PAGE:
PHILODENDRON SECTIONS WITH ENTIRE LEAF BLADES
Seemingly the most reliable way to separate species in P. subg. Philodendron is based on number of ovules per locule, a system first devised by Engler stemming from his first revision of Philodendron (Engler, 1878). Engler used the number of locules per ovule to separate two large groups which he called P. sect. Polyspermium and P. sect. Oligospermium (now P. sect. Philodendron and P. sect. Calostigma respectively) These two sections together comprise the largest percentage of species in the subgenus. As they are constituted they are very diverse morphologically and it is possible that the number of ovules per locule will not prove to be reliable for separation at the sectional level. It is possible that species with relatively few ovules or solitary ovules may have evolved independently several times from ancestors with numerous ovules having axile placentation. Since it has not yet been determined if this is the case, the classification system used here will in general be a conservative one.
Krause (1913) closely followed Engler's sectional revision. His P. sect. Philodendron (as P. sect. Polyspermium) consisted of species with axile placentation and "many" ovules per locule while P. sect. Calostigma (as P. sect. Oligospermium) consisted of those species with sub-basal (or less frequently basal) placentation with "1 or few" ovules per locule. Since the time of the last revision of Philodendron many species have been added and the number of ovules per locule provide a much wider spectrum than was known to Engler (that is to say that the number of ovules per locule provide a continuous distribution) but there is still a significant correlation between axile placentation and moderately large numbers of ovules per locule and the converse, basal and sub-basal placentation and relatively low numbers of ovules. Both P. sect. Philodendron and P. sect. Calostigma will be discussed below.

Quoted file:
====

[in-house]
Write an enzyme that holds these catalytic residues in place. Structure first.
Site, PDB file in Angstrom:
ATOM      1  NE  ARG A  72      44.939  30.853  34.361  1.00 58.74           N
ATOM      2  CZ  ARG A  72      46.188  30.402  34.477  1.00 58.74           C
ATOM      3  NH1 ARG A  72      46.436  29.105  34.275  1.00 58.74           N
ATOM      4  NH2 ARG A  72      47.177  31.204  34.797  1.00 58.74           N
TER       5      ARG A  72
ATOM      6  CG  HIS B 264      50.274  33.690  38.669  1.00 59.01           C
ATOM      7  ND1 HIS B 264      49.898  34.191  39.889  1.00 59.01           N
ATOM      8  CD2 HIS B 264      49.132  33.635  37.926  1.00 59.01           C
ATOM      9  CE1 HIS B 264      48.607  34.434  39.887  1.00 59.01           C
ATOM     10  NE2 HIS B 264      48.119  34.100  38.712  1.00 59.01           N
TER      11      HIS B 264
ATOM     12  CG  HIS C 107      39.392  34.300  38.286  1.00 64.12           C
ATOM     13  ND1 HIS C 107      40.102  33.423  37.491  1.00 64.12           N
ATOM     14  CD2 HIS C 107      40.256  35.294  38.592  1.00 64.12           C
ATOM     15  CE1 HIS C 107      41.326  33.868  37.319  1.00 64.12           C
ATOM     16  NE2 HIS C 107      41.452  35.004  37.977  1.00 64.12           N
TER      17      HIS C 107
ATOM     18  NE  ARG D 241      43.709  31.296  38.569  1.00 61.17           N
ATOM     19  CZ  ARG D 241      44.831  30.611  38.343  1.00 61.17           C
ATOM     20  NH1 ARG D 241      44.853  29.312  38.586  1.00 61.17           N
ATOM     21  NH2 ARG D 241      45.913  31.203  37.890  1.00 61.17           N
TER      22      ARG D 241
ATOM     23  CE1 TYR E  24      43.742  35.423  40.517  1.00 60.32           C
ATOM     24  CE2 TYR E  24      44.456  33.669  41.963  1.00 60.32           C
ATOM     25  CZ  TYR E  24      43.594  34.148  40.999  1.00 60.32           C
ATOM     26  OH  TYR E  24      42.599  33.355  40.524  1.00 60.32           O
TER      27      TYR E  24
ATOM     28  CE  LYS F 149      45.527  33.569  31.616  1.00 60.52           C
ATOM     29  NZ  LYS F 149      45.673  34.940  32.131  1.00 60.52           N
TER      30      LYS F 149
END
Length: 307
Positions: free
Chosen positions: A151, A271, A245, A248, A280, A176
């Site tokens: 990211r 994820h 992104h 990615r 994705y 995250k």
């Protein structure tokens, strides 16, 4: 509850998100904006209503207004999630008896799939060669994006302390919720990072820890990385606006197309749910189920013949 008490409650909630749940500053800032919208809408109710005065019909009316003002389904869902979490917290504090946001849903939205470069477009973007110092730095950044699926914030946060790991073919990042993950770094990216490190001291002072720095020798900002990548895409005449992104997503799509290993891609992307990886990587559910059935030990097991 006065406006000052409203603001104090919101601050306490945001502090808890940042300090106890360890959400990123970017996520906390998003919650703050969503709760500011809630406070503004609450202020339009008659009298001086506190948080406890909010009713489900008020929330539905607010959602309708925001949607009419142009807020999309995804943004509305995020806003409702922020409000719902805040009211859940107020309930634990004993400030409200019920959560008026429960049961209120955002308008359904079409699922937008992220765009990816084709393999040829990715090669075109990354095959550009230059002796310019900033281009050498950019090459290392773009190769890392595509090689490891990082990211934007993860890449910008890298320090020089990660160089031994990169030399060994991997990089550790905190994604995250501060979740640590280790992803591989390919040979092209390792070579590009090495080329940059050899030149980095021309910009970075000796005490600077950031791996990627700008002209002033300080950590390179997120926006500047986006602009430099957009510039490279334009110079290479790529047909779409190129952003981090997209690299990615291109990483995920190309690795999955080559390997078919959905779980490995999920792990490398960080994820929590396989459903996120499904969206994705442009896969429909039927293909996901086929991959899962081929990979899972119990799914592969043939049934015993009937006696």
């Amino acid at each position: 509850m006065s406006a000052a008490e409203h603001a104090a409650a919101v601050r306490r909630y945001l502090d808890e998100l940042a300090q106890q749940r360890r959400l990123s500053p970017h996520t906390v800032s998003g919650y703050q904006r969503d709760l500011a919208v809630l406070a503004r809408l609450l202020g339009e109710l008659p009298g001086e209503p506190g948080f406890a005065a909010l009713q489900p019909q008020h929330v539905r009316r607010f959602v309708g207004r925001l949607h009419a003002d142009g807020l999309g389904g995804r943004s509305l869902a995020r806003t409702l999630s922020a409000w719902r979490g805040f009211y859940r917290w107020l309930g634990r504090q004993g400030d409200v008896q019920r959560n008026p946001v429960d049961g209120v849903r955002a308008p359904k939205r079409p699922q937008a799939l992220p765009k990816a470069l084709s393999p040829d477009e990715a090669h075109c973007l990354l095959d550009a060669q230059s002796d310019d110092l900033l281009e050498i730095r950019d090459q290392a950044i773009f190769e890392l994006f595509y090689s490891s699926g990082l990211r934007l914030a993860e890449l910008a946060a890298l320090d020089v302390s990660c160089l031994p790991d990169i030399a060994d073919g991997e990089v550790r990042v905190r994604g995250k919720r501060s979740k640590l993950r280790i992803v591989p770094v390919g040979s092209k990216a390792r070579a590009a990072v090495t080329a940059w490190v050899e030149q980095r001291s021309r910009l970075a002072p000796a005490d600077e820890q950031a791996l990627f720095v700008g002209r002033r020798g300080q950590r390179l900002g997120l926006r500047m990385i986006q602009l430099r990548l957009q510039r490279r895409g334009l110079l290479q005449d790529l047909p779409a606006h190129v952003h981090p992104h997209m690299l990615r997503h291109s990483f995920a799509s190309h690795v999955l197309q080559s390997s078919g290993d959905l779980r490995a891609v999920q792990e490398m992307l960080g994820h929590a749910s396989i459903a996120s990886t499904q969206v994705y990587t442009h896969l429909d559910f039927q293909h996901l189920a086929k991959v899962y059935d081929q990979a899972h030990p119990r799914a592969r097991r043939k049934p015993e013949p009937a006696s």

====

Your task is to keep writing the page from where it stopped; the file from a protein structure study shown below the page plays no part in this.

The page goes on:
While these two groups, P. sect. Philodendron and P. sect. Calostigma, constitute the largest percentage of Central American species, several other sections are separated on the basis of leaf shape, venation and style type (see above key). Each of these will be discussed in turn. Krause (loc. cit.) treated ten sections in his revision of Philodendron. As previously discussed, P. sect. Pteromischum has been elevated to the status of subgenus and P. subg. Macrolonchium Engl. has been reduced to a subsection of P. subg. Philodendron.